- Monday, 28 August 2017 17:09
Hong Kong films are a record of the territory’s changes and capture the essence of the city’s culture…
Memories and fantasia
Every Hongkonger has their own unique memory of local cinema.
Perhaps a touching love story between a scholar and a beauty; or a tale of an average Joe that has the audience howling with laughter; brilliantly choreographed fight scenes and the tough man’s tenderness in a kungfu film; or a martial arts film that depicts the complexity of love and hate in a sword fighting world as well as the nobleness and tenderheartedness in the shadow of the sword. The varied spectrum of local films leaves different impressions on different viewers.
At the end of the 19th century when film was newly invented, Hong Kong was an important port of entry for European and American films wishing to gain an audience in China. With a history of over 100 years, from a pioneering era to the development of Cantonese and Mandarin films, and later the flourishing of kungfu and comedy movies, Hong Kong’s film industry has added a thick and colourful stroke to the development of the global film industry.
Star-studded and talent-filled, the Hollywood of the Orient sparkles on its own merits with Hong Kong filmmakers and artistes, who are vigorously creating and surpassing one classic after another. Every April, on the momentous occasion of the Hong Kong Film Awards Presentation Ceremony, one can get a glimpse of our local filmmakers’ and artistes’ dauntless advancement as well as their dedication and conscientiousness. At the grand gala show marking the 20th anniversary of Hong Kong's return to China in June this year, the audience was treated to an opportunity to watch a rerun of some iconic scenes from local films and to pay tribute to Hong Kong cinema which has become a cultural icon of the city as well as a familiar friend who accompanies Hong Kong people on life’s journey…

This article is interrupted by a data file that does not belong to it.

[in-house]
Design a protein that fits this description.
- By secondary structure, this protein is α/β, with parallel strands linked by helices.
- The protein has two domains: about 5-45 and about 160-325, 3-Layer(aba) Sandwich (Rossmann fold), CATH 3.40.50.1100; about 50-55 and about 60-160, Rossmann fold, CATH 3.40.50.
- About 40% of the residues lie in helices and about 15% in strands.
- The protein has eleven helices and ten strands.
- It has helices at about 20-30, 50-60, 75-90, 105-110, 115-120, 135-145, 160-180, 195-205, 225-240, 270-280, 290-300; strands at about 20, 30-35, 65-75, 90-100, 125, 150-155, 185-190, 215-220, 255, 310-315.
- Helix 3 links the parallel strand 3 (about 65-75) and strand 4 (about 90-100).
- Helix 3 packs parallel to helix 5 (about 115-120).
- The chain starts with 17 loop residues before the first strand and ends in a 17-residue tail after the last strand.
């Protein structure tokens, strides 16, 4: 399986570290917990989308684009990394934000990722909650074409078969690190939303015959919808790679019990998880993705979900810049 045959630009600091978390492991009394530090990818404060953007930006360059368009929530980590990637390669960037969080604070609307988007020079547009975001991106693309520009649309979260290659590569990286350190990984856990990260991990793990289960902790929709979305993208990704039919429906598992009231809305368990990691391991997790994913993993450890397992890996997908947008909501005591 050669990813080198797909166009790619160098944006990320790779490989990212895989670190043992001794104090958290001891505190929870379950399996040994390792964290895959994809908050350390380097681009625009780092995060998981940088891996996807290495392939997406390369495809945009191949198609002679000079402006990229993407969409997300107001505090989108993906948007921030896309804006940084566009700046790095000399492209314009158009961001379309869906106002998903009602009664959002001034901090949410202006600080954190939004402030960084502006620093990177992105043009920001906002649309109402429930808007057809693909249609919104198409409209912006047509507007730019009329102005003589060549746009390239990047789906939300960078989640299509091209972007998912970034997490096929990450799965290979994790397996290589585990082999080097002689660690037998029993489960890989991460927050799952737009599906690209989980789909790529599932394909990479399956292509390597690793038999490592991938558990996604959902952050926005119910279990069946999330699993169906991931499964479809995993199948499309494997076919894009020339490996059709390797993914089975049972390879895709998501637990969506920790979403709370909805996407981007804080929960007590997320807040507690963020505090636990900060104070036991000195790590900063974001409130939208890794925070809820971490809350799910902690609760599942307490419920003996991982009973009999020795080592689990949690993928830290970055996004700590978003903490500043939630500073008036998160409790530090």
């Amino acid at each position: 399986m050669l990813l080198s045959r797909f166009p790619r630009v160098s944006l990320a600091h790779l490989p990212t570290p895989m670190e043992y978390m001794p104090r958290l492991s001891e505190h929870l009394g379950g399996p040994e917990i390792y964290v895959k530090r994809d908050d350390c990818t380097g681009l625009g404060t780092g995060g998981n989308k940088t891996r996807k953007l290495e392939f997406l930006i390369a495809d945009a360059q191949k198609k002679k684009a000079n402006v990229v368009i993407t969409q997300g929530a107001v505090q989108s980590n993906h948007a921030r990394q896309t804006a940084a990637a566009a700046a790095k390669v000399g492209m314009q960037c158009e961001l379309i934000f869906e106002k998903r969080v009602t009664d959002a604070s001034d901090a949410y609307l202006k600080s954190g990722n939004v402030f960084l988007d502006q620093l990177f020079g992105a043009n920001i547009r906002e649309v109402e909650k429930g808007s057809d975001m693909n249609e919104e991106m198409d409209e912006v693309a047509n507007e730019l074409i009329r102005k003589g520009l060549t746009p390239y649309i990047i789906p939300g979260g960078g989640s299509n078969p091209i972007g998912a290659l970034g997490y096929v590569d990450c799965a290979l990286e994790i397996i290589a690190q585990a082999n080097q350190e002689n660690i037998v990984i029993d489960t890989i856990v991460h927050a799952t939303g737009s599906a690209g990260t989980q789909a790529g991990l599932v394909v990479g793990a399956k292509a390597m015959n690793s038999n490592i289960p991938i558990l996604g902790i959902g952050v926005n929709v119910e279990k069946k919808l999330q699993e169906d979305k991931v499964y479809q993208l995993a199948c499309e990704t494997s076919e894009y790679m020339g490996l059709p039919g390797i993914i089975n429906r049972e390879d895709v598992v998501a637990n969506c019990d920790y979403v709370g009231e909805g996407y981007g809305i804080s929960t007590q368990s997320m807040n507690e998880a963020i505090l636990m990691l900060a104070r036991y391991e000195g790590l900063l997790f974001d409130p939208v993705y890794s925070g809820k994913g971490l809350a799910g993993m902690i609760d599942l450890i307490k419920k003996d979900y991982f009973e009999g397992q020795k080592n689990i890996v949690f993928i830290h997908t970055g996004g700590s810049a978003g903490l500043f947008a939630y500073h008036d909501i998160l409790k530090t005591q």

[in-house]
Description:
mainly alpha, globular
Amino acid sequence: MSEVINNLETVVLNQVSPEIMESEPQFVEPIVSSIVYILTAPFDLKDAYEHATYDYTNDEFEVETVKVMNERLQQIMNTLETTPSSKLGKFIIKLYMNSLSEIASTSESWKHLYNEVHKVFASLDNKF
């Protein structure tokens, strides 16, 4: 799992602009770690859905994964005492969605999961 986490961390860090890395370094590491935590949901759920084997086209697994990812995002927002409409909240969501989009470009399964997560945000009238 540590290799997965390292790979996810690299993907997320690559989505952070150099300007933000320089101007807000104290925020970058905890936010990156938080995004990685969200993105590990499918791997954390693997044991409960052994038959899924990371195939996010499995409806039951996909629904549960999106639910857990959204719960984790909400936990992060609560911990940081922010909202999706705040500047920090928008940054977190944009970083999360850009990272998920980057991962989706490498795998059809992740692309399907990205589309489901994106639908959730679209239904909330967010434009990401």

A glimpse at Hong Kong films at the airport
What creative sparks would be unleased from the seemingly unlikely pairing of the Airport Authority Hong Kong (AA) and HKBU’s Academy of Film (AF)?
People going through the airport may have seen and been fascinated by a current exhibition which is presented in the form of enlarged filmstrips. At the open entrance in the Arrivals Hall of Terminal 1, there is an eye-catching giant clapboard clearly displaying the exhibition theme—Cinema Fantasia Hong Kong.
This is the first time the Academy has co-organised an exhibition with the Airport Authority. Cinema Fantasia Hong Kong is one of the highlights of the Art, Culture and Music at the Airport 2017 event.
The exhibition showcases the development of the Hong Kong film industry, covering crucial areas, from the history of Hong Kong cinema to memorable moments behind the scenes, as well as the development of film education in Hong Kong led by AF. There is also a showcase of AF’s events, programmes and achievements including a videocast of select scenes from award-winning films by AF students as well as a display of the Hong Kong Film Awards trophies presented to Weeds on Fire in 2017. There are also special exhibits featuring the creative works of veteran photographer Jupiter Wong and poster designer Yuen Tai-yung. For a relatively small venue, there is a surprisingly huge amount of memorabilia and information on the local film industry spanning a century.